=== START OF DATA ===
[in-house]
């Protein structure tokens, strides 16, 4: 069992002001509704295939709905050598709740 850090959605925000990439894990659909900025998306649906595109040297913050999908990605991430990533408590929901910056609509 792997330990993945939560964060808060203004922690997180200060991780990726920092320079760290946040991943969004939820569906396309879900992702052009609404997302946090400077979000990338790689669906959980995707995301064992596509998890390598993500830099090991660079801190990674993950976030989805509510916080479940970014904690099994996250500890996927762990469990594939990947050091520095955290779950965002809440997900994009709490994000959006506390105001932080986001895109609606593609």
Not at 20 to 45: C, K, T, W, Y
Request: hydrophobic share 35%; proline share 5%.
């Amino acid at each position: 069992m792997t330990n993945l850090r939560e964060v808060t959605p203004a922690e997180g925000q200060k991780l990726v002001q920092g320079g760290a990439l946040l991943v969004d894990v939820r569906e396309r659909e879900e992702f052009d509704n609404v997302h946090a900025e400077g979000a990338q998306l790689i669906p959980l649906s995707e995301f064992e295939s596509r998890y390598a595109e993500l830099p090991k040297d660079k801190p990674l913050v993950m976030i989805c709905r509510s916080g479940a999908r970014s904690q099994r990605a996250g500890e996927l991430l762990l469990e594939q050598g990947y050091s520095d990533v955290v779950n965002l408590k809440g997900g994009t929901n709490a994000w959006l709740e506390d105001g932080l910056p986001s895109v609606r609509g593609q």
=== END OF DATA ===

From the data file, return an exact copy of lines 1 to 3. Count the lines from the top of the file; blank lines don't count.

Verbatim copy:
[in-house]
């Protein structure tokens, strides 16, 4: 069992002001509704295939709905050598709740 850090959605925000990439894990659909900025998306649906595109040297913050999908990605991430990533408590929901910056609509 792997330990993945939560964060808060203004922690997180200060991780990726920092320079760290946040991943969004939820569906396309879900992702052009609404997302946090400077979000990338790689669906959980995707995301064992596509998890390598993500830099090991660079801190990674993950976030989805509510916080479940970014904690099994996250500890996927762990469990594939990947050091520095955290779950965002809440997900994009709490994000959006506390105001932080986001895109609606593609």
Not at 20 to 45: C, K, T, W, Y